The most obvious reason that many people don’t want a rooster is the noise. Like I said, roosters are very, very vocal! Now some of this is to alert for danger, and some perhaps for communicating with a potential mate… but mostly I think roos (that’s an affectionate term for roosters) just like to hear themselves talk. This isn’t much of an issue on a farm, but when you have neighbors just twenty feet away, it can be a real problem!
There are other concerns, too. If you have a rooster, odds are a lot of your eggs are going to end up fertilized. You can still eat a fertilized egg, provided you removed it from the nest promptly – and assuming you’re not bothered by it! There is always a chance a fertilized egg could go unnoticed until hatching, although unlikely. (It takes 21 days for a chicken egg to hatch.) I also believe that keeping a rooster makes hens more likely to “go broody” – this is when a hen decides that she would like to be a mother, and refuses to leave her eggs or let you take them away! Roosters also tend to eat a lot more than hens; they can be aggressive toward your other chickens; and they can end up being aggressive toward YOU or your family as well.
Benefits of Keeping A Rooster
Now all that said, roosters are by no means all bad! They are very protective, and will usually do a good job keeping your flock safe from predators. If I had a large flock on an acreage, rather than three chickens in my backyard, I wouldn’t hesitate to keep a rooster! Not all roosters are aggressive, either; in fact, they can be very sweet. And of course if you ever want your chickens to have babies, you’ll need a rooster for that, too. They are also just beautiful creatures to look at!
How To Avoid Getting A Rooster in the First Place
The chicks you buy from farm stores are supposed to be all female, but it’s far from an exact science. A friend of mine purchased 25 chicks from a local store, and 7 of them ended up being roosters! So how can you avoid accidentally getting a rooster of your own? The main things you’re supposed to watch out for when choosing your chicks are upright posture and large feet. That’s it. Not much to go off, is it? I used these guidelines, but obviously it didn’t work out very well for me! Joey did not have large feet or an upright posture until he was much older. There are a few extra things you can do to increase the likelihood of getting hens, though:
- Do NOT buy any chicks labeled “pan fry”! These chicks are not even supposed to be all female, because they are raised for meat, not eggs.
- Buy “sex-linked” chicks. This term means that these chicks were bred to have gender-specific differences in color or pattern right from the start.
- Buy from a reputable hatchery rather than a local farm or feed store. The downside of this is that usually you have to purchase at least 25 chicks at a time, and often pay for shipping. Hatcheries use vent sexing or feather sexing to determine gender, and they tend to have a higher rate of accuracy than stores. [Vent sexing is looking inside a chicken’s vent (egg hole) to see if it has boy parts or girl parts. Do not try this at home!! For feather sexing, chicks are bred so that one gender has longer wing feathers on day 1.]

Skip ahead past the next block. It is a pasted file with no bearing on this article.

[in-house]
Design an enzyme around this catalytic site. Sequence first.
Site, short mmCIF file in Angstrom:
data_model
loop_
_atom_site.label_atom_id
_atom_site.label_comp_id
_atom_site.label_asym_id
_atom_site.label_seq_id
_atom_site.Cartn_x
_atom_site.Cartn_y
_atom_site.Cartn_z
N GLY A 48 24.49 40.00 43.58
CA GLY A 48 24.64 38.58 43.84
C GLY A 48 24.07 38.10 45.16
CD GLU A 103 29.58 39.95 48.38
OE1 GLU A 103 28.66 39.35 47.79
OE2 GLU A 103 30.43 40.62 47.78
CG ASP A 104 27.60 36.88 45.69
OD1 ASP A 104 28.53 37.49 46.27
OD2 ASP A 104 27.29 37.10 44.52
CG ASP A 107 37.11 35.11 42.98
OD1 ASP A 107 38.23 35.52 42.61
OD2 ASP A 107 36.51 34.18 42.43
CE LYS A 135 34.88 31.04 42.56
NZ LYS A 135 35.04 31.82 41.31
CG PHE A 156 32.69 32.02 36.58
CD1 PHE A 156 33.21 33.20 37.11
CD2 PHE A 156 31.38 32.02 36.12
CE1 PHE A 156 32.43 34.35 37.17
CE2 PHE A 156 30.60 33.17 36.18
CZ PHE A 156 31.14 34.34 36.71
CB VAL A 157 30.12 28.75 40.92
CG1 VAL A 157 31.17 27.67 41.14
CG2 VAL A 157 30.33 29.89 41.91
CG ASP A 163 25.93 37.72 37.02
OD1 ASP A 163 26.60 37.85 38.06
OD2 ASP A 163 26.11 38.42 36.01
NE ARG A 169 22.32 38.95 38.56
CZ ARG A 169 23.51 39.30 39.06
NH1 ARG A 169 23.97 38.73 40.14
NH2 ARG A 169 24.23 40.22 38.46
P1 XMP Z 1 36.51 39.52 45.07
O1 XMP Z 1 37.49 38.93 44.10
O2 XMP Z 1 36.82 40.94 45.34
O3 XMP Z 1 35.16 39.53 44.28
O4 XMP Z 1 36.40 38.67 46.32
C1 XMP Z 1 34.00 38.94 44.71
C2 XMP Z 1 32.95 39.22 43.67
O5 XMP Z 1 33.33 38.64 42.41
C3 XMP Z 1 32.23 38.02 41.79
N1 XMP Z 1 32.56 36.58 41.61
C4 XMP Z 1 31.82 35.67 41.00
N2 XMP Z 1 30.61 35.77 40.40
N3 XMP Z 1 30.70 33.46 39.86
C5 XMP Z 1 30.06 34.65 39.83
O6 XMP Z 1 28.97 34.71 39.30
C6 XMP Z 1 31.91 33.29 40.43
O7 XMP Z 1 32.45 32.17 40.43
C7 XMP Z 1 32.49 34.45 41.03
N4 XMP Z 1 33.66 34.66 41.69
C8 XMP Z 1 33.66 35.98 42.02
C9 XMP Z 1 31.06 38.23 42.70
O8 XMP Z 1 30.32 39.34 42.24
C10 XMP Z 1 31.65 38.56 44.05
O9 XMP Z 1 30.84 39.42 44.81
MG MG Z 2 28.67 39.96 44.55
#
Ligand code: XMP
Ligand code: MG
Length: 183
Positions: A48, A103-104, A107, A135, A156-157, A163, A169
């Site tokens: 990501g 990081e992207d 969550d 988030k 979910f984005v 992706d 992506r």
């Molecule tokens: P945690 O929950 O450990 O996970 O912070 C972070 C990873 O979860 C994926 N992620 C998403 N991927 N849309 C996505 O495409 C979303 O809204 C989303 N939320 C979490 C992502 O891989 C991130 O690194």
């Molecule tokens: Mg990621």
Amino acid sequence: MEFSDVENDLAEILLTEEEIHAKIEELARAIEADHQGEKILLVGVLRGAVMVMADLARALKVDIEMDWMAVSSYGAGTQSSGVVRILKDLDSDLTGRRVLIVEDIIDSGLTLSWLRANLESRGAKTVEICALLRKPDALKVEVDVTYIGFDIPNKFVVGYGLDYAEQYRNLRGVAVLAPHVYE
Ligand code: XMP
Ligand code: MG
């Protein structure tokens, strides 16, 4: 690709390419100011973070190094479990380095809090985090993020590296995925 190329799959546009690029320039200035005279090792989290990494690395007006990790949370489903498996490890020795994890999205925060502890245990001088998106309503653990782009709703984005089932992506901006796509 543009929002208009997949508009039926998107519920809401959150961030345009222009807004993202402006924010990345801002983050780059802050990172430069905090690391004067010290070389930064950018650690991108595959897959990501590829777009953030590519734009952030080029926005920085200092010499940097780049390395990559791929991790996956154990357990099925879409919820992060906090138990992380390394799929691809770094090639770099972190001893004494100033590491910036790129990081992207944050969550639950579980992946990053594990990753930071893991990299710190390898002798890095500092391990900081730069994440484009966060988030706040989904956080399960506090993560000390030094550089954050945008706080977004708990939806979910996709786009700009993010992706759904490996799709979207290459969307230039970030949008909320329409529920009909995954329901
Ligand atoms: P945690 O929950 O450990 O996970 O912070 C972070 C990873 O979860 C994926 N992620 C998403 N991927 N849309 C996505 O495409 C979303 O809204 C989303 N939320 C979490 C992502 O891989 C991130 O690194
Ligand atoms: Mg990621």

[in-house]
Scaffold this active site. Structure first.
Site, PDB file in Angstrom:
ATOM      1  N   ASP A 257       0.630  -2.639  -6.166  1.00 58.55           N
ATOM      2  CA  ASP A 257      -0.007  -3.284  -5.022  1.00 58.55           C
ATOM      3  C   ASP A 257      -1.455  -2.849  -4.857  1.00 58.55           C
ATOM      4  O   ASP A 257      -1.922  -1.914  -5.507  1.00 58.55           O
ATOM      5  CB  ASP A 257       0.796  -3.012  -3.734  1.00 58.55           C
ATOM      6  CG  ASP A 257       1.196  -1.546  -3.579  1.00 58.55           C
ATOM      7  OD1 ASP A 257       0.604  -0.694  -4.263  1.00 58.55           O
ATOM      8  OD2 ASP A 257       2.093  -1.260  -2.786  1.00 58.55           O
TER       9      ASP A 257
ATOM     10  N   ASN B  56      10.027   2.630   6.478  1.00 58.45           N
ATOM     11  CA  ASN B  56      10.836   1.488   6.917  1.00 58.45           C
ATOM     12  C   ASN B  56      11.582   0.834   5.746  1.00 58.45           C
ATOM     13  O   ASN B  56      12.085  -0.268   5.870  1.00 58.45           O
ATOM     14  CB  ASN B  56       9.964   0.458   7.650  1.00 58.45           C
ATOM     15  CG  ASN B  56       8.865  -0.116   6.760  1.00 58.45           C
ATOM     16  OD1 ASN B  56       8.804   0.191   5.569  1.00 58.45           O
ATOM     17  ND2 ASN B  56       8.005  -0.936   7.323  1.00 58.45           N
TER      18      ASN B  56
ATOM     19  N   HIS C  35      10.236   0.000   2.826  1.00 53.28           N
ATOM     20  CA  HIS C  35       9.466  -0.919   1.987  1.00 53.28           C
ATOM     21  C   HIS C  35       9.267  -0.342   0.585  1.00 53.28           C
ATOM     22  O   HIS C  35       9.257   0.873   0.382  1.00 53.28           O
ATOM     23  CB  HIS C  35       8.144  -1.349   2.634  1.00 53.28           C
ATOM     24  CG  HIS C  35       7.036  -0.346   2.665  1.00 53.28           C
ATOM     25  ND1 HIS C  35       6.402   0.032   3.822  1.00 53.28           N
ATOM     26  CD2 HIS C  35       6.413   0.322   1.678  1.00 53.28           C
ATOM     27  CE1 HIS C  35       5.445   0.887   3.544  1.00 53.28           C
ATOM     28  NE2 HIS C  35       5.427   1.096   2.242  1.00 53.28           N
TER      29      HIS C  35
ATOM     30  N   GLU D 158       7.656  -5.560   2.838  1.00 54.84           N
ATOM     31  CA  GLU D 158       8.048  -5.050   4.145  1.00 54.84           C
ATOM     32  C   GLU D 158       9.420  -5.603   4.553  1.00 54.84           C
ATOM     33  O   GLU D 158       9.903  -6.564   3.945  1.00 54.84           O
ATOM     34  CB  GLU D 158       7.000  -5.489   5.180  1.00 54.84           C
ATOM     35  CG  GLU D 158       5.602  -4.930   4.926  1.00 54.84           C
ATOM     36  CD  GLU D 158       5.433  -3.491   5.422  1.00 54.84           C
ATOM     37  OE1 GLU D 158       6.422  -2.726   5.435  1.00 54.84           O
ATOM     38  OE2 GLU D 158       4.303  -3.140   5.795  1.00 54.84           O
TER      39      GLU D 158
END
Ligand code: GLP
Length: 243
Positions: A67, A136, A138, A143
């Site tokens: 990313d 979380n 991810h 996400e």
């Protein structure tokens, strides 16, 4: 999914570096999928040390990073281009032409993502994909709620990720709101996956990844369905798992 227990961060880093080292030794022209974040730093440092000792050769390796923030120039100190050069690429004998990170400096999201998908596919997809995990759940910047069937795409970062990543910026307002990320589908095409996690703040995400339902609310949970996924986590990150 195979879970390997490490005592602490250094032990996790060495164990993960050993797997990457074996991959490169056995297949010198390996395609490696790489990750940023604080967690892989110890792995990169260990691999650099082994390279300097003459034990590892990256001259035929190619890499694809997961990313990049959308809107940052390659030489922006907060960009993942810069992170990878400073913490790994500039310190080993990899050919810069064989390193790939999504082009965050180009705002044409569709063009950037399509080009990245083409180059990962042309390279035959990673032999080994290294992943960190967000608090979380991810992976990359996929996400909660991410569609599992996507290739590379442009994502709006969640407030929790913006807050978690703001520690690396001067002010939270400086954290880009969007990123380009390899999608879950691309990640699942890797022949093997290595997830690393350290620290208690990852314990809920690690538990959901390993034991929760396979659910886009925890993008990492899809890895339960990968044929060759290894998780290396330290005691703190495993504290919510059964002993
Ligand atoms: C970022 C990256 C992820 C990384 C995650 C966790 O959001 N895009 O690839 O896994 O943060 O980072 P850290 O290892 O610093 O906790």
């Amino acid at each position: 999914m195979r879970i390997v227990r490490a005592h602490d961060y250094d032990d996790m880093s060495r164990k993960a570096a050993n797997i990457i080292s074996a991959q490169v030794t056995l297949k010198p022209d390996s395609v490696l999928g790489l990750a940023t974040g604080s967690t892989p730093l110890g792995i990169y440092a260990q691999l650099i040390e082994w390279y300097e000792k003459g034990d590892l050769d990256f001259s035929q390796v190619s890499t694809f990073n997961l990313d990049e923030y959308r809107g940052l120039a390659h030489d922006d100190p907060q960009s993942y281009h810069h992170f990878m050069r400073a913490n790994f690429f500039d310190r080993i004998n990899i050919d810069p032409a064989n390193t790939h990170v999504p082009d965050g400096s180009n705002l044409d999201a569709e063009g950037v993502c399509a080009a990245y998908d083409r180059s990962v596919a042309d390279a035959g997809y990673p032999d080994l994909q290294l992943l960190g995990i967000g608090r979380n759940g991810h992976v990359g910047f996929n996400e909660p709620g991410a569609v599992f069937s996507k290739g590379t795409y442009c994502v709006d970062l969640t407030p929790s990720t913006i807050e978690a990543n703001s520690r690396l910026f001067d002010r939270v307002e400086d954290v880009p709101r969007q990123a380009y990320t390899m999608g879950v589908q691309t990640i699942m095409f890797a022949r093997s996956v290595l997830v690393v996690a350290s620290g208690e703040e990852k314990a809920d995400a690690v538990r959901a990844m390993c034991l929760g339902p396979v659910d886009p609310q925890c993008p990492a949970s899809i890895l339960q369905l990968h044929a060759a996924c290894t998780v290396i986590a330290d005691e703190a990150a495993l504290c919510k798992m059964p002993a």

What To Do With An Unwanted Rooster
If you do end up with an unwanted urban rooster, you have several options. If your roo wasn’t much of a pet and you can handle the thought, you could always butcher and eat him; you could learn to live with the noise and keep him; you could do what we did and find him a nice farm to live on; or you could try out a No-Crow Rooster Collar. A collar prevents a rooster from filling the air sack in his neck all the way, which reduces the volume of his crowing, and possibly the frequency. Please do not simply abandon a young rooster, though. I have seen it happen right here in my town. They are not prepared to care for themselves or protect themselves well from predators out in the open.
So there you have it. Roosters serve a good purpose in the right setting! However, on an urban homestead you’re probably better off not keeping one. We were very sad to see Joey go, but it was a relief to not have to worry about him anymore. I know that he is happy in his new home, and able to do the job God intended him for!
Update: We got to visit Joey at his new farm a couple months after rehoming him. He is doing very well! Joey has turned into an absolutely gorgeous rooster, and has a lovely harem of ladies – with babies on the way! He definitely seemed to remember me, as he came right up to me when I started talking to him. I was able to hold him for a long time and he was still sweet as can be. I do miss my handsome boy, but I know he’s in the best place!